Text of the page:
[Yes, I know this is long but please consider reading it and follow the links to the vfx union sites. It's your life, your career. Hopefully you think these are worthwhile to spend a few minutes getting educated. Plenty of information now available regarding vfx unions.]
That's why this post is called Visual Effects Guilds.
So if you have had a problem with the IA or other union you should contact them and discuss the issues. You should be clear as to what happened and why it happened. If you have had good or bad experiences (with factual information), then you should write it up for others.
Will have to be recognized by other guilds, companies and studios.
We want respect in the industry but we don't even have enough respect for ourselves to ask for what every other film crew member already has. We as the workers are the visual effects industry. If we unite we have strength. If we wish to squabble and go it alone, we will continue to be at the mercy of others and the ones to bear the brunt of decisions outside of our control.
[Update 5/28/13 Recently had yet another discussion with some one on a blog regarding a vfx guild.
1. Educate yourself. Google vfx union, go to the vfx union website, go to the links provided.
(If you read the rest of this post you're already further than most people)
2. If you still have questions about the guild then go ahead and contact the guild directly. There are email and phone#s available on their site. It's a simple matter to send in your question and get an answer.
3. Details and schedule - Asking for details, exact steps and schedules is as useful as asking when a vfx graduate will get work, where they will be working, what position and what they will be paid. There is no step by step and there is no schedule. Nobody can answer that.
In both cases it depends on the individual to: 1 Educate themselves (check job listings for someone looking for work, read about guilds for vfx professionals). 2. Take the first step. A graduate has to submit their resume and reel if they wish to start the process. A vfx professional has to sign a union rep card if they wish to start the process. Therefore much depends on the individual to make the effort. Sitting on the couch waiting for a job or the union to come to you will not work.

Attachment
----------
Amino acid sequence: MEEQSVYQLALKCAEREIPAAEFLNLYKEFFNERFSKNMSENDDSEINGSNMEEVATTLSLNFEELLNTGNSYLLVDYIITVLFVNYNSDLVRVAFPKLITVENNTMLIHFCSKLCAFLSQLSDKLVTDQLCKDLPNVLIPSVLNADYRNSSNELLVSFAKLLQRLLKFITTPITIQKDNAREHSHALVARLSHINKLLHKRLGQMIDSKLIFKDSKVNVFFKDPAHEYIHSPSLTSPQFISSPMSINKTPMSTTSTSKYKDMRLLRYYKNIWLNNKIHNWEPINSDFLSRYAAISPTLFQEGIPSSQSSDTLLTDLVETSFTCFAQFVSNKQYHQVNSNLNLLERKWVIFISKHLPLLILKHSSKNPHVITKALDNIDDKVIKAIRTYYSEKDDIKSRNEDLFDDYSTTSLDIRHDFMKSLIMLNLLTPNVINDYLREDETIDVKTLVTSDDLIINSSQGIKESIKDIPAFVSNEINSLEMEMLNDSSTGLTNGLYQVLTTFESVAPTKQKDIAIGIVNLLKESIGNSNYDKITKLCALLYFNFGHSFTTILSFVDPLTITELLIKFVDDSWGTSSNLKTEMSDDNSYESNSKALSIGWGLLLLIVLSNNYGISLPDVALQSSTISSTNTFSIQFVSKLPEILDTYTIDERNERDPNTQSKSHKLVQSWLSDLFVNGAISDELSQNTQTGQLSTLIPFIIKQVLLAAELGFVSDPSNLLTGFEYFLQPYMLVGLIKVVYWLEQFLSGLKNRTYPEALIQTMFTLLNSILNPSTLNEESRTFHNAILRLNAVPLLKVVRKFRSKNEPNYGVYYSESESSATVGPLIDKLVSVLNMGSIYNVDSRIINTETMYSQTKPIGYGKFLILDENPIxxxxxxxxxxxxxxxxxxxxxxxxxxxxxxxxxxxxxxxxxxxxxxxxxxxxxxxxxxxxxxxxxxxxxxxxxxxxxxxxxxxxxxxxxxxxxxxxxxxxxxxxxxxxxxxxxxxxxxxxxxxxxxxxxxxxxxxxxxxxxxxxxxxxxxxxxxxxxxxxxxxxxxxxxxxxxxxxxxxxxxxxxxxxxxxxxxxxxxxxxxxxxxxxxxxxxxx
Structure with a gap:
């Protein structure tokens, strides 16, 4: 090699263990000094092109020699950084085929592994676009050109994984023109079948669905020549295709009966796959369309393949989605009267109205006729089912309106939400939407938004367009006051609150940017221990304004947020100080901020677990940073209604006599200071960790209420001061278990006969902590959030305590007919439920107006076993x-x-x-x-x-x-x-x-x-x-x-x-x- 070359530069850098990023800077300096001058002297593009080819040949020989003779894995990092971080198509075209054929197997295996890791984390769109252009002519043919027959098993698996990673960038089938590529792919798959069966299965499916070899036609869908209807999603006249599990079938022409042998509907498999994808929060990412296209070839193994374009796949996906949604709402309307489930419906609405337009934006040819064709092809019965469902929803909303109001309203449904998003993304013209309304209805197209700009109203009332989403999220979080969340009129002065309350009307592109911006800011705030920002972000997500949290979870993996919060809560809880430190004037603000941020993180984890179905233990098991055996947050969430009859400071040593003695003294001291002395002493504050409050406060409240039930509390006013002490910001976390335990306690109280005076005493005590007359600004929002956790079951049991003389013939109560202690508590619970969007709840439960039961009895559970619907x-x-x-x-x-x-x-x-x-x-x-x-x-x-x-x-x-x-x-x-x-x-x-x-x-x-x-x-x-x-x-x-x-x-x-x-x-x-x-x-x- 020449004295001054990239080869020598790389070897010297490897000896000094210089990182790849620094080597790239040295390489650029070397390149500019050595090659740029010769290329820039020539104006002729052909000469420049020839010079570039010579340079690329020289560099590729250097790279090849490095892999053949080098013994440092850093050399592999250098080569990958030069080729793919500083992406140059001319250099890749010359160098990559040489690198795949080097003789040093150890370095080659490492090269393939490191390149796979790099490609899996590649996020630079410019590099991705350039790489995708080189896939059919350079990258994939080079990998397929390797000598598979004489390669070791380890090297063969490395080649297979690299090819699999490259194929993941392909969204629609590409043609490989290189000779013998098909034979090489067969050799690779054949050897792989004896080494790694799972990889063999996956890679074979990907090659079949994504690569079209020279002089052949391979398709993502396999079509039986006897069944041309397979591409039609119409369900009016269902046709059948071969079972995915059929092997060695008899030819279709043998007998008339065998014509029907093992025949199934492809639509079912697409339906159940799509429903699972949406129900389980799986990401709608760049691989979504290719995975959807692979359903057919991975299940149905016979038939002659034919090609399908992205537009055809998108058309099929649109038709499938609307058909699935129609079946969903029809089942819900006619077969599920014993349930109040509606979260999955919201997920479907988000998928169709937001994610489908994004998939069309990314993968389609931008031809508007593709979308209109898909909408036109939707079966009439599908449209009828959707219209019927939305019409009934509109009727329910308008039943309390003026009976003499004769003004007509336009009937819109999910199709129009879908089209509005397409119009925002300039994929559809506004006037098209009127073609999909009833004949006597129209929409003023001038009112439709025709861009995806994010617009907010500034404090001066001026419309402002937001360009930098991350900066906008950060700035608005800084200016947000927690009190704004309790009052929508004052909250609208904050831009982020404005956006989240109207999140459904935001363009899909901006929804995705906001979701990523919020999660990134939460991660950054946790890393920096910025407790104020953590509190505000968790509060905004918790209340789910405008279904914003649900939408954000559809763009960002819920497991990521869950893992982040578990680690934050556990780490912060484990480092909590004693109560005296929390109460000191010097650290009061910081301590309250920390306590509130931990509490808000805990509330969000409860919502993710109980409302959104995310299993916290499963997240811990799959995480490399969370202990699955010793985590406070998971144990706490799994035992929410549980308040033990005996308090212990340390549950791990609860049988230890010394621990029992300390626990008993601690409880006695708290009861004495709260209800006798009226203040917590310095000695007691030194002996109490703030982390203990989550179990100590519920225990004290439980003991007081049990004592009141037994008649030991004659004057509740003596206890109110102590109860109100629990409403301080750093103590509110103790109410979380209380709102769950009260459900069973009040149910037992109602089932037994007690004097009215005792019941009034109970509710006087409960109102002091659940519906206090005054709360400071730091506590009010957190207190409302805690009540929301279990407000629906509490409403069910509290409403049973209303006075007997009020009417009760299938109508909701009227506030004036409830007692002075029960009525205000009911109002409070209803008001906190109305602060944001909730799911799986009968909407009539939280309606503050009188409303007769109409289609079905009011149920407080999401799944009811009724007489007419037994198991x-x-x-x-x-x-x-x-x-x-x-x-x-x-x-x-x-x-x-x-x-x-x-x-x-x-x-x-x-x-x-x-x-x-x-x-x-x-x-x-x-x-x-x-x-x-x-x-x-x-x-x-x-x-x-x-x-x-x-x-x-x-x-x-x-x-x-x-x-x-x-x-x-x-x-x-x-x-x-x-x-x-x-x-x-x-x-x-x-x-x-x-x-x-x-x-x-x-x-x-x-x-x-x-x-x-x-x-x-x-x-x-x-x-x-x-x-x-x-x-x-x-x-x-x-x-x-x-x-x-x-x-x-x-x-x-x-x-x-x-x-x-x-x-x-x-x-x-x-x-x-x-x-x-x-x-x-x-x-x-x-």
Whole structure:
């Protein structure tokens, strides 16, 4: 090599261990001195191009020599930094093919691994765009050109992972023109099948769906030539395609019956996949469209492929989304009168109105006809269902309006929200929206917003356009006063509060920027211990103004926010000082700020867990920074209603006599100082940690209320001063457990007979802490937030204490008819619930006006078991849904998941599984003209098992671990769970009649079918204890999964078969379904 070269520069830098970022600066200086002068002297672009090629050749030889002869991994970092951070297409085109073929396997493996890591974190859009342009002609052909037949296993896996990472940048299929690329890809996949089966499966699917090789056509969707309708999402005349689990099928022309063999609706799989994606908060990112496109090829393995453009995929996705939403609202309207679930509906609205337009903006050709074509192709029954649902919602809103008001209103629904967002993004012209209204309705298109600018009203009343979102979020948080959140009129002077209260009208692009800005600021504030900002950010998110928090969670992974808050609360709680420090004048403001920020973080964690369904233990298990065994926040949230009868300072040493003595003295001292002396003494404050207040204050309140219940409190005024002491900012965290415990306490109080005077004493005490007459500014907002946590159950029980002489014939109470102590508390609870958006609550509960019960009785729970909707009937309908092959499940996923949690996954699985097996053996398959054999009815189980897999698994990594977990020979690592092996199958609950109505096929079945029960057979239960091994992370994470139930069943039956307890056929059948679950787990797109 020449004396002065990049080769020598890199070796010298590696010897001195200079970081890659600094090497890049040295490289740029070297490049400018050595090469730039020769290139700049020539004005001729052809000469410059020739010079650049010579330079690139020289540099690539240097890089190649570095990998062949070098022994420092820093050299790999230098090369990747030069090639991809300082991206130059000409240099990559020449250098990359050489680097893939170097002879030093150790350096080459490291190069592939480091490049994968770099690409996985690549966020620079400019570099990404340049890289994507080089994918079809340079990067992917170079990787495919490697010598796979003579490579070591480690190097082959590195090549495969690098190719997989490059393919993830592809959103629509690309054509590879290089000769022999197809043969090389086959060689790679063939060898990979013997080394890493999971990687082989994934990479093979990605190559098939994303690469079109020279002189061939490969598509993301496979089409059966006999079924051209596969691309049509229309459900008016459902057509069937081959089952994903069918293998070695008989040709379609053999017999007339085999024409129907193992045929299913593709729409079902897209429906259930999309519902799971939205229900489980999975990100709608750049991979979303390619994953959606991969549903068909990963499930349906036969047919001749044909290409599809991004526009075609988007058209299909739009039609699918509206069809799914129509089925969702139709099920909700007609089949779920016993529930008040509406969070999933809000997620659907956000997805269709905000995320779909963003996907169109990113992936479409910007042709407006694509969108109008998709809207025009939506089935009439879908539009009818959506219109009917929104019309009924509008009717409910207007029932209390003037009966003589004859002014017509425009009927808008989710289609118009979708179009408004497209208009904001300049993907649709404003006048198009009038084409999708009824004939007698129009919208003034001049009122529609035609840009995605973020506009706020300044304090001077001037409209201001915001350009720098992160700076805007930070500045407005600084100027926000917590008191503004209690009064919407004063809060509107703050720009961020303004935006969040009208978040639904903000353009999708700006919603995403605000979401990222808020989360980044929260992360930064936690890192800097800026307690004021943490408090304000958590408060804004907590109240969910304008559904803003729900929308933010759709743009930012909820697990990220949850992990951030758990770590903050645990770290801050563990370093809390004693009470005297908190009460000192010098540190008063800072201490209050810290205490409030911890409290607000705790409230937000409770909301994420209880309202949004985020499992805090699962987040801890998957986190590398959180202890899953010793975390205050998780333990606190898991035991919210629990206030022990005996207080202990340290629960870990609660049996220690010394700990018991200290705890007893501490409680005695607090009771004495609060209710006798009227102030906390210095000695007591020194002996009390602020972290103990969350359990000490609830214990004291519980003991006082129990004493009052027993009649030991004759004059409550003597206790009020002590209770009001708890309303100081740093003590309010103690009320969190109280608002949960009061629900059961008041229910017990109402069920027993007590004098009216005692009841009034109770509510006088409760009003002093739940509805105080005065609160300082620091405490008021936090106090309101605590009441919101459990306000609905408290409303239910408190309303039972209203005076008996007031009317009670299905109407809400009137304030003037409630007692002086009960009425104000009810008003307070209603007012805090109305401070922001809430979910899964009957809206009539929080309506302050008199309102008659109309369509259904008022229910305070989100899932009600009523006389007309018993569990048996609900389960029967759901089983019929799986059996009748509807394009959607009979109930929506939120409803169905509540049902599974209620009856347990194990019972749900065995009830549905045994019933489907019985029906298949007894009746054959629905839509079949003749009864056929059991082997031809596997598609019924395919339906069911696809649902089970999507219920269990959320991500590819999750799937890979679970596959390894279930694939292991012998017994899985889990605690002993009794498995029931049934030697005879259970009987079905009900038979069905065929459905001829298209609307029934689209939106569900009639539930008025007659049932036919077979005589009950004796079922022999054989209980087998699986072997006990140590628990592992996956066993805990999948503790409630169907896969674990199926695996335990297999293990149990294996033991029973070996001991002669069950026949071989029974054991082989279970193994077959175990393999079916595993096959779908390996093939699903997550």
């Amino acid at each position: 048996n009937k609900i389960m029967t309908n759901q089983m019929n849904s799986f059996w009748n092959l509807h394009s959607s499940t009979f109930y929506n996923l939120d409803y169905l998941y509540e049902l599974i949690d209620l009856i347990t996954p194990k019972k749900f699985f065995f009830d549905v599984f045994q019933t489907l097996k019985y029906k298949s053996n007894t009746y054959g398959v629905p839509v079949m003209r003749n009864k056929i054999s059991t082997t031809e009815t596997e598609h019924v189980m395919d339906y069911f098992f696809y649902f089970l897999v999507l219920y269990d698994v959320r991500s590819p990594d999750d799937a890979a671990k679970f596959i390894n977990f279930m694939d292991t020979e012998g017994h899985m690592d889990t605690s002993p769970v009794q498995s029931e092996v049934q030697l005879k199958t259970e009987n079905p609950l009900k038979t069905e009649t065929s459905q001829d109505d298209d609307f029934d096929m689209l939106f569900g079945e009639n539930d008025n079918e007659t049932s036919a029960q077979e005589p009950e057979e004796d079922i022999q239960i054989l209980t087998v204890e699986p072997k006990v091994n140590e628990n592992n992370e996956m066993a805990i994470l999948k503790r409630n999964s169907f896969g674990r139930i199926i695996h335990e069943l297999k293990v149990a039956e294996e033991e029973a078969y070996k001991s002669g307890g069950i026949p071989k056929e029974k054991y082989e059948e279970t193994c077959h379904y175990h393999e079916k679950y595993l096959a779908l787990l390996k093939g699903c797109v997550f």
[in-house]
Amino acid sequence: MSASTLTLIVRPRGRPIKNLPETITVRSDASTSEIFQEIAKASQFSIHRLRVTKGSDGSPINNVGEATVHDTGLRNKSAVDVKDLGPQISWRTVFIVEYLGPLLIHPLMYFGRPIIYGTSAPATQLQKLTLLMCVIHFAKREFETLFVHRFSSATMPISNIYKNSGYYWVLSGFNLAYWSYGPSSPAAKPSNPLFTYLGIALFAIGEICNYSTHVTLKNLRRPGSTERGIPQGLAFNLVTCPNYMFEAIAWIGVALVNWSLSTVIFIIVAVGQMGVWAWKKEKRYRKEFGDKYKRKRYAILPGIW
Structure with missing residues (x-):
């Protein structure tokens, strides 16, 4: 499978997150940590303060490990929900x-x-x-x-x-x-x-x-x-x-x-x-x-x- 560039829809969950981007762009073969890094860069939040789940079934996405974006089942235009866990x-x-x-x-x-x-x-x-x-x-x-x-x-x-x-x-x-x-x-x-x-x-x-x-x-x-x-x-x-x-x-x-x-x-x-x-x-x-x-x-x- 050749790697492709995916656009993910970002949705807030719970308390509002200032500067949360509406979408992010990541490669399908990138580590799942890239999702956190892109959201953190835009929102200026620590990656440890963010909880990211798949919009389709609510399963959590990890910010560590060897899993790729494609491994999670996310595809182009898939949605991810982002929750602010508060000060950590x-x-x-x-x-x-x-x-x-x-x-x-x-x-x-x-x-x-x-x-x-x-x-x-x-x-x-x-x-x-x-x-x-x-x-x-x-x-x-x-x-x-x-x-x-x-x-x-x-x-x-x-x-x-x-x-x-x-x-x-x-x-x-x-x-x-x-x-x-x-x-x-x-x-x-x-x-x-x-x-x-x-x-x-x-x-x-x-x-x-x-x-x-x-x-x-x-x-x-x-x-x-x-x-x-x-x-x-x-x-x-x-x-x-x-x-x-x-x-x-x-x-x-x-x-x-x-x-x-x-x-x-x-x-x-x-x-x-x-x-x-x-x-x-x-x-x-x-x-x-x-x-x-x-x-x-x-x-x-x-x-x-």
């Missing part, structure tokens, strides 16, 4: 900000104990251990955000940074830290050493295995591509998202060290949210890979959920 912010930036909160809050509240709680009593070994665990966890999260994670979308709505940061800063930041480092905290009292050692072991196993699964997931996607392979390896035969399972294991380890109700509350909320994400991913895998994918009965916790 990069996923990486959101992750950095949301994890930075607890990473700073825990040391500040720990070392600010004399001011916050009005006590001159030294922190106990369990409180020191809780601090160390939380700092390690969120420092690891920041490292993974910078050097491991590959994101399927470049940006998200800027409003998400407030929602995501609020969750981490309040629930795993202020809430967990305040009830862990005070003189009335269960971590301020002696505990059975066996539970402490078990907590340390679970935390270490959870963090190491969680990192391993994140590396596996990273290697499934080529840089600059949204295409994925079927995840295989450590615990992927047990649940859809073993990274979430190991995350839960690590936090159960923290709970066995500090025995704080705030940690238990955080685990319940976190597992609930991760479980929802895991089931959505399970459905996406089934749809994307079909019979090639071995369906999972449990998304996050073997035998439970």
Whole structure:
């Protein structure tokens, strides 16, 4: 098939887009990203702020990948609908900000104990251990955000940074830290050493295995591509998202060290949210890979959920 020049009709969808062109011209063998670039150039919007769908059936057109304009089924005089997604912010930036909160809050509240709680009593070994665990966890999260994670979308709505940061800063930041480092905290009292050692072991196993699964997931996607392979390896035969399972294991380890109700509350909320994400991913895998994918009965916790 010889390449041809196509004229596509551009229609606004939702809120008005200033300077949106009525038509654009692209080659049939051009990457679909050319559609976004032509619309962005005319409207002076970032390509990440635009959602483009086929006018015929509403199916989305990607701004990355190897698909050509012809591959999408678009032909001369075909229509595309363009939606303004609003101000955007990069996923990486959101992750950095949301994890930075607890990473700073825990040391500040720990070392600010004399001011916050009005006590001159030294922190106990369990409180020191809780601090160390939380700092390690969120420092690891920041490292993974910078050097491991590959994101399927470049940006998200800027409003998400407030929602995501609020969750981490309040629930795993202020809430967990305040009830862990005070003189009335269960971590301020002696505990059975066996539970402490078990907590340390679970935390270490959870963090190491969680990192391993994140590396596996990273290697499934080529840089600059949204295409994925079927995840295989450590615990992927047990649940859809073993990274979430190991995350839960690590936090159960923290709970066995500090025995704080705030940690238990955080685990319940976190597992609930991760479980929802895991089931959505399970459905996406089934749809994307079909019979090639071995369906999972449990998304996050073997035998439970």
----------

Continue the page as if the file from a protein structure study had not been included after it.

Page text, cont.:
4. Some people think they should able to sign rep cards even when unemployed. That somehow the union is being closed and inflexible. What would be the point to accept unemployed workers?
For the worker it would simply mean that they would be paying dues with nothing in return. Dues do not cover benefits (health, vacation, etc). That's why there is a negotiation with the company to have them pay some or all benefits. There are negotiated restrictions on how workers qualify for benefits.
If you're unemployed there is no one for the union to negotiate with.
Most film unions are not hiring halls so it's not likely unemployed workers will get a call about jobs from the union.
From the unions stand point there's no point in getting a lot of unemployed people into the union. Sure they could make money with the dues but they can't pay for benefits. Most dues are much less than health care insurance, much less pension, vacation and other benefits.
Unemployed workers who have never been union qualified doesn't provide any leverage for the union.
Flooding the members list with unemployed workers doesn't help any of the other members.
Federal laws and negotiated contracts are likely to make it impossible to unionized unemployed workers.
(Tip: Sign a rep card WHILE you are employed. Don't complain later when you're unemployed.)
5. There is no big conspiracy that the union is doing this to simply get dues. People that complain about this don't tend to take offense at Wall Street crashing the international financial system or with CEO's making tens of millions at the workers expense, but mention the union and they're sure to try to ferret out every detail of every deal.
6. It's been almost 3 1/2 years since the Open Letter went out to James Cameron. People who say a union or trade association is too late said the same thing 3 1/2 years ago. They said the same thing 15 years ago. So where are we now? How did not going union stop outsourcing? How did not going union help with stable jobs? If you're currently out of work think back 3 1/2 years ago. Are you better off today? Maybe NOW is the time to start so that that in 3 1/2 years years from now people aren't saying the exact same thing.
7. Freelance - For some reason people still get hung up on the concept of freelance and how that doesn't allow them as freelance vfx workers to join a union. The entire film industry is made up of freelance people. This is nothing new. Those people who freelance on films, commercials and most TV shows are all union and work freelance. Now if your vfx company is making you work as an independent contractor realize that it is likely illegal to be classified as such. Are you working at their premises, do you have to be there at certain times, do they tell you what to do? If so, you're an employee.
Independent Contractor vs employee Basic Test
Independent Contractor vs employee ref
In that case have a discussion with management or report them for violation. As long as workers turn a blind eye to labor law violations, the conditions for the workers (including yourself) will erode.
8. If you have alternate solutions or ideas- post them. If you have an issue with the IA or other union (personally and documented) then post them.
Dave Rand talks of artists getting scr*wed and what the union provides
Here's another Variety article just today: Trouble at Newbreed VFX Cementing Montreal’s Bad Rep